By Ryan C. Wood
The current filing fee to file a Chapter 7 bankruptcy case is $306. This fee may be a little out of reach for some individuals who are in financial distress and have to decide whether to use their money to pay their electricity bill or their phone bill. So what can these people do if they need to file for bankruptcy to get debt relief? There is some good news. If you file a Chapter 7 bankruptcy case you may be eligible for a fee waiver if your gross household income falls under 150% of the poverty guidelines for the number of people in your household. Currently, if you live within the 48 contiguous states, the 150% poverty level is $1,396.25 for a household of 1, $1,891.25 for a household of 2, $2,386.25 for a household of 3, and so forth. For a more complete list if you have more family members or if you live in Alaska or Hawaii, please consult with a bankruptcy lawyer in your area to help you determine if you qualify for a filing fee waiver. Filing fee waivers are granted or denied based on the discretion of the judge in your bankruptcy case. The bankruptcy judge looks at the totality of circumstances to determine whether or not to grant the fee waiver. The bankruptcy judge basically looks at your entire financial situation to see if you can afford to pay the filing fee.
Denial of Filing Fee Waiver
If the bankruptcy judge denies your application for a filing fee waiver, the judge has two options: 1) make the entire filing fee of $306 payable immediately (normally 5 to 10 days from the denial of your fee waiver) or 2) allow you to pay the filing fee in installments. These two options are also based on the discretion of the bankruptcy judge. In most of the cases I have seen the bankruptcy judge allows people to pay the filing fee in three to four installments. Please note this does not guarantee the same result for you. As previously indicated the judge has the discretion to choose any of the two options for you depending on your financial situation.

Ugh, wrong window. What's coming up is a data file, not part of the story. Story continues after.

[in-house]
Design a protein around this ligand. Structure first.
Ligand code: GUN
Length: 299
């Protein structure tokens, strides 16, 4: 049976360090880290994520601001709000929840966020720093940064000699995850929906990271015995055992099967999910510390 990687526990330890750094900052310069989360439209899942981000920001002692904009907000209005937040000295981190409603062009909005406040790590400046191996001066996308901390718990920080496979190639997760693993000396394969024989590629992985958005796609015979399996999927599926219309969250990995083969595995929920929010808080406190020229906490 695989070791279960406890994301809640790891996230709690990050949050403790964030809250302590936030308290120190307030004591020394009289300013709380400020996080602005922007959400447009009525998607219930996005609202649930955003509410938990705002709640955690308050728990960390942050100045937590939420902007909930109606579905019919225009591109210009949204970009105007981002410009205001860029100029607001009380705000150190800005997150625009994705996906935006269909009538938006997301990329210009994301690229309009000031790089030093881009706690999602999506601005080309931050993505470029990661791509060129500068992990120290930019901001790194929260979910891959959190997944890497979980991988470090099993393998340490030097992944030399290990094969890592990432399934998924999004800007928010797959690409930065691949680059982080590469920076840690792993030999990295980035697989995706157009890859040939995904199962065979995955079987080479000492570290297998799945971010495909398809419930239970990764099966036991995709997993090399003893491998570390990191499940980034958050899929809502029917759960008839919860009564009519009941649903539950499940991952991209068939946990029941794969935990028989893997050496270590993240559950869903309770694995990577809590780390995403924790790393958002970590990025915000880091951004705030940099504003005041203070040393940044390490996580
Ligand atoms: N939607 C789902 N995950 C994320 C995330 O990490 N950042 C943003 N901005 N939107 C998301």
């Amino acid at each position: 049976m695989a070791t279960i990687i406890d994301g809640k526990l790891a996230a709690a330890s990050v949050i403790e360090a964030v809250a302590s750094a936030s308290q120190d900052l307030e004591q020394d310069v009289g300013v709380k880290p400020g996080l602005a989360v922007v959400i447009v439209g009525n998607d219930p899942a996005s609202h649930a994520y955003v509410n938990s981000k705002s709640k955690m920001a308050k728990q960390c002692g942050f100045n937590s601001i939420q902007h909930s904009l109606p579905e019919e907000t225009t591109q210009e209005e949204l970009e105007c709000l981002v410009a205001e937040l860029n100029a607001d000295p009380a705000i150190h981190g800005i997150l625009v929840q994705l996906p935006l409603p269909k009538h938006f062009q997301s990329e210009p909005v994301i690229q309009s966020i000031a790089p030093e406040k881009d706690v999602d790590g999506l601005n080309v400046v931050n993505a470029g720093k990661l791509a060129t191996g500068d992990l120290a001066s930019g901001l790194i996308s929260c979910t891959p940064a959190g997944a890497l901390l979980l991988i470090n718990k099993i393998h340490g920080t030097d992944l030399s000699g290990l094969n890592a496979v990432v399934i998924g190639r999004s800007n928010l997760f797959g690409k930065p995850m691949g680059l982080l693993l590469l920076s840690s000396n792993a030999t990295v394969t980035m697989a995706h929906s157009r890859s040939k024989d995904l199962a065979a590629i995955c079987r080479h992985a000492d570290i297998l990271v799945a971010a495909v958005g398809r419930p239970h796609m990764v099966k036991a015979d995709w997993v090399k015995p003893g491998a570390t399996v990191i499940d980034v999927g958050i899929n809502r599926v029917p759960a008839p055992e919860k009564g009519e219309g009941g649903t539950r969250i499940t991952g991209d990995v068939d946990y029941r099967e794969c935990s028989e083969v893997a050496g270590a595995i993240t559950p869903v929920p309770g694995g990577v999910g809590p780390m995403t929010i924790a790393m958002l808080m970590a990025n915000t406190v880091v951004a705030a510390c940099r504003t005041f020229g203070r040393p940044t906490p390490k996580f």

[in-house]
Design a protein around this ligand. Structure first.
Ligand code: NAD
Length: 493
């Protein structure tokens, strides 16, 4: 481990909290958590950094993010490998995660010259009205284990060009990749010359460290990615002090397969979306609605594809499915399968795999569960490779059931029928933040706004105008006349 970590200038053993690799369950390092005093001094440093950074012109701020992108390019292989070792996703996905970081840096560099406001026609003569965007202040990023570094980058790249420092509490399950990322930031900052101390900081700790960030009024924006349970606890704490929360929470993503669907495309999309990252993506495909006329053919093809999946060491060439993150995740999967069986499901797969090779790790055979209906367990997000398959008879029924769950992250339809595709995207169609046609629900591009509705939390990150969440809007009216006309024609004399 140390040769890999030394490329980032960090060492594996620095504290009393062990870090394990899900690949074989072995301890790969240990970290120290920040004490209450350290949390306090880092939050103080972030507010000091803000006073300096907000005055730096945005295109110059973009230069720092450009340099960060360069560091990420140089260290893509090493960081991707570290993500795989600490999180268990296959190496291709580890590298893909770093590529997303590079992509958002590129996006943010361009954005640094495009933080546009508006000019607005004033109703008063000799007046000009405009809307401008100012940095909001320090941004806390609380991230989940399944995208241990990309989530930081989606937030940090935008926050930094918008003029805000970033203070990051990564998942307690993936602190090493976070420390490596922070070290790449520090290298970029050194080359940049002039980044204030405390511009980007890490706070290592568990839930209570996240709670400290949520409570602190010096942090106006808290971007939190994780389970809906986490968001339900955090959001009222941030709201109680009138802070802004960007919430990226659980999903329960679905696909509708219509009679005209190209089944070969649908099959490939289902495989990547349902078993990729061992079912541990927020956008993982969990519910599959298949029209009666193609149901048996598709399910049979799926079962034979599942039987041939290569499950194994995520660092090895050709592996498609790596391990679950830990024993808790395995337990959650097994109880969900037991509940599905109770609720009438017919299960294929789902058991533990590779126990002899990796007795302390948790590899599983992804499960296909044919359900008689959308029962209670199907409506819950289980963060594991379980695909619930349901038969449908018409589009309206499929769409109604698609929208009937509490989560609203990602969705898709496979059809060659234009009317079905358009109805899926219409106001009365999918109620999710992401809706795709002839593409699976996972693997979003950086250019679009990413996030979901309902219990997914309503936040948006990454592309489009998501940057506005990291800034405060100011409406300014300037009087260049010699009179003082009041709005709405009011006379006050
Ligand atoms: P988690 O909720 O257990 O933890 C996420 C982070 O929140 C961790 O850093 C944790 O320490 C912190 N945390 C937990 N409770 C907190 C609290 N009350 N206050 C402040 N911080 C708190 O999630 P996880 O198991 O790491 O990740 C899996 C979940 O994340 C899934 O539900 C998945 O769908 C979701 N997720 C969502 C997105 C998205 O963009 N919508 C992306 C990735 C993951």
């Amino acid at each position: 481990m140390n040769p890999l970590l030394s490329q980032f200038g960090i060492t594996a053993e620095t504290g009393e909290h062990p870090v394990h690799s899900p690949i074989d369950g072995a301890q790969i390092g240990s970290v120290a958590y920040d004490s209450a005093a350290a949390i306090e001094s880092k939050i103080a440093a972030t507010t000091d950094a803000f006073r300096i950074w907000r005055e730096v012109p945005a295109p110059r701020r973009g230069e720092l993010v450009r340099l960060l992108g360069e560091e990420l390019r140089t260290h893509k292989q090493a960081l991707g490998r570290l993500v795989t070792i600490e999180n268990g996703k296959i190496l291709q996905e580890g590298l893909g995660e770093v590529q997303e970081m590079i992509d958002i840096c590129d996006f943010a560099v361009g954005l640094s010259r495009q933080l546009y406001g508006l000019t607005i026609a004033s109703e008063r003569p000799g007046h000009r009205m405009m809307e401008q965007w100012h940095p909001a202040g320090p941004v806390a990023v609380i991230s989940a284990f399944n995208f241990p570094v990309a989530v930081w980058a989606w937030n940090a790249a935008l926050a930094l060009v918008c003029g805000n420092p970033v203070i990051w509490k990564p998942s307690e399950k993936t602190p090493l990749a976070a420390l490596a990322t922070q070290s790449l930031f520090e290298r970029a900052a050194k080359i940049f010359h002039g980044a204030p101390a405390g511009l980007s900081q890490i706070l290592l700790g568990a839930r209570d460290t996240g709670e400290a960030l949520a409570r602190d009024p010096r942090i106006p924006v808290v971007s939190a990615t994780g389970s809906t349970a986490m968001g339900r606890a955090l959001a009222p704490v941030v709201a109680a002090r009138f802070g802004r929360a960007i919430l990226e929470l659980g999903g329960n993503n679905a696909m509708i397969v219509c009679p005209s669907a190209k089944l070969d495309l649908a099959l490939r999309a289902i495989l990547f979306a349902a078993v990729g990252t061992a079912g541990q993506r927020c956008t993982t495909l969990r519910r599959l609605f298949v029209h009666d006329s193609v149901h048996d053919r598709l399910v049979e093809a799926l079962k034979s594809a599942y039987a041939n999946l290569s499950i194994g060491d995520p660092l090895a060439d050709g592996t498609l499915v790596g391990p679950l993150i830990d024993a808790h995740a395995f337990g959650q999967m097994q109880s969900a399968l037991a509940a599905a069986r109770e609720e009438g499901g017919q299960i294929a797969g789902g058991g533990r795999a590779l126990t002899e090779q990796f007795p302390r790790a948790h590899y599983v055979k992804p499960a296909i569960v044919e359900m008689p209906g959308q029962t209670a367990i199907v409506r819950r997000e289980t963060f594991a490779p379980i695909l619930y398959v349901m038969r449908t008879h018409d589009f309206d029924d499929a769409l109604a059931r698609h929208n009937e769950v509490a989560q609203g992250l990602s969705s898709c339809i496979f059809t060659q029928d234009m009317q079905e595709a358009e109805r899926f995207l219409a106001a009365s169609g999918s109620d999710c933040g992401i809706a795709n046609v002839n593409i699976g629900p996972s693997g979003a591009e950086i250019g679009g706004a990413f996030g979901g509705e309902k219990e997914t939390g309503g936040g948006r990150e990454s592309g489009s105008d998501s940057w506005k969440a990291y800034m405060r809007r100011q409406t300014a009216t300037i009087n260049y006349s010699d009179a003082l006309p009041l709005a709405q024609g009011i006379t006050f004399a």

Are Fee Waivers Available in Chapter 13 Bankruptcy Cases?
Filing fee waivers are available in Chapter 7 bankruptcy cases but not Chapter 13 bankruptcy cases. See Rule 1006(c) of the Federal Rules of Bankruptcy Procedure. Chapter 13 bankruptcy cases are normally filed by people that have regular income and are able to make monthly payments to a Chapter 13 trustee to pay a portion of their debts back in a chapter 13 plan of reorganization. Therefore, if you file a chapter 13 bankruptcy case with any number of bankruptcy lawyers you should be able to pay the filing fee as well. If you cannot pay the entire amount immediately you may still apply to have your filing fees paid in installments. It is up to the discretion of the bankruptcy judge to grant or deny your application to pay the filing fees in installments.